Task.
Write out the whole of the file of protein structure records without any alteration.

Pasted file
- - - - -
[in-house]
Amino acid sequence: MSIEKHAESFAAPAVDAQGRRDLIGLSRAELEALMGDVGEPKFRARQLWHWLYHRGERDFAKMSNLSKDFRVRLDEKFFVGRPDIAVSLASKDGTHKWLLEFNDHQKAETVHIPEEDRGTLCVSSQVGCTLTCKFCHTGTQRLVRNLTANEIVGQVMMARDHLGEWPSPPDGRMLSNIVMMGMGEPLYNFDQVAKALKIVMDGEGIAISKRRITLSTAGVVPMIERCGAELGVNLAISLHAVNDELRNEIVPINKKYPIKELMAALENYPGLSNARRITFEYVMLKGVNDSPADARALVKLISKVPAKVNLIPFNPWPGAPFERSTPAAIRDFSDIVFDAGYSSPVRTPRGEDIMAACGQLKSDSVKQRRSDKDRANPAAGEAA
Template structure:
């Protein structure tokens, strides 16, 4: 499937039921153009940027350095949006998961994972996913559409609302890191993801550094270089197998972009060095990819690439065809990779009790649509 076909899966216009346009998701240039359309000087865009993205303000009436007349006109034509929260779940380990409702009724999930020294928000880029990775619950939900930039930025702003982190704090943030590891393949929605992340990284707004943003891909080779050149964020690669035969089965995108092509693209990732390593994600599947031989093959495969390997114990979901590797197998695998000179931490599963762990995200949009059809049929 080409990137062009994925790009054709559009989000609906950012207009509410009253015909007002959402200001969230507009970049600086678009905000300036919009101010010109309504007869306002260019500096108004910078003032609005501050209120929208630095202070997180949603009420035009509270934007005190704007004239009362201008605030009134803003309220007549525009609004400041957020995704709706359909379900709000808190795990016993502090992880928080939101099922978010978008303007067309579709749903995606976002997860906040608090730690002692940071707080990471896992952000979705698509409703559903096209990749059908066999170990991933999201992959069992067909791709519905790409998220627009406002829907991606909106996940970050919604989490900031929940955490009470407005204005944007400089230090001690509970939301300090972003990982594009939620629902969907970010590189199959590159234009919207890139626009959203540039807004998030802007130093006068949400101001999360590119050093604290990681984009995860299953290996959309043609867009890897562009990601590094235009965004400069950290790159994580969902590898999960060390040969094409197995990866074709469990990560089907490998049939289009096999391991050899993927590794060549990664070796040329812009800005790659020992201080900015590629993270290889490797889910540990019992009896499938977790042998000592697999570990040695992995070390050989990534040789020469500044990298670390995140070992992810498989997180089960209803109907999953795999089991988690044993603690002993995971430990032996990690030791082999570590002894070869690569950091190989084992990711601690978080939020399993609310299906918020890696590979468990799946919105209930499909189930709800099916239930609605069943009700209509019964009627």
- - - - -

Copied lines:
[in-house]
Amino acid sequence: MSIEKHAESFAAPAVDAQGRRDLIGLSRAELEALMGDVGEPKFRARQLWHWLYHRGERDFAKMSNLSKDFRVRLDEKFFVGRPDIAVSLASKDGTHKWLLEFNDHQKAETVHIPEEDRGTLCVSSQVGCTLTCKFCHTGTQRLVRNLTANEIVGQVMMARDHLGEWPSPPDGRMLSNIVMMGMGEPLYNFDQVAKALKIVMDGEGIAISKRRITLSTAGVVPMIERCGAELGVNLAISLHAVNDELRNEIVPINKKYPIKELMAALENYPGLSNARRITFEYVMLKGVNDSPADARALVKLISKVPAKVNLIPFNPWPGAPFERSTPAAIRDFSDIVFDAGYSSPVRTPRGEDIMAACGQLKSDSVKQRRSDKDRANPAAGEAA
Template structure:
């Protein structure tokens, strides 16, 4: 499937039921153009940027350095949006998961994972996913559409609302890191993801550094270089197998972009060095990819690439065809990779009790649509 076909899966216009346009998701240039359309000087865009993205303000009436007349006109034509929260779940380990409702009724999930020294928000880029990775619950939900930039930025702003982190704090943030590891393949929605992340990284707004943003891909080779050149964020690669035969089965995108092509693209990732390593994600599947031989093959495969390997114990979901590797197998695998000179931490599963762990995200949009059809049929 080409990137062009994925790009054709559009989000609906950012207009509410009253015909007002959402200001969230507009970049600086678009905000300036919009101010010109309504007869306002260019500096108004910078003032609005501050209120929208630095202070997180949603009420035009509270934007005190704007004239009362201008605030009134803003309220007549525009609004400041957020995704709706359909379900709000808190795990016993502090992880928080939101099922978010978008303007067309579709749903995606976002997860906040608090730690002692940071707080990471896992952000979705698509409703559903096209990749059908066999170990991933999201992959069992067909791709519905790409998220627009406002829907991606909106996940970050919604989490900031929940955490009470407005204005944007400089230090001690509970939301300090972003990982594009939620629902969907970010590189199959590159234009919207890139626009959203540039807004998030802007130093006068949400101001999360590119050093604290990681984009995860299953290996959309043609867009890897562009990601590094235009965004400069950290790159994580969902590898999960060390040969094409197995990866074709469990990560089907490998049939289009096999391991050899993927590794060549990664070796040329812009800005790659020992201080900015590629993270290889490797889910540990019992009896499938977790042998000592697999570990040695992995070390050989990534040789020469500044990298670390995140070992992810498989997180089960209803109907999953795999089991988690044993603690002993995971430990032996990690030791082999570590002894070869690569950091190989084992990711601690978080939020399993609310299906918020890696590979468990799946919105209930499909189930709800099916239930609605069943009700209509019964009627």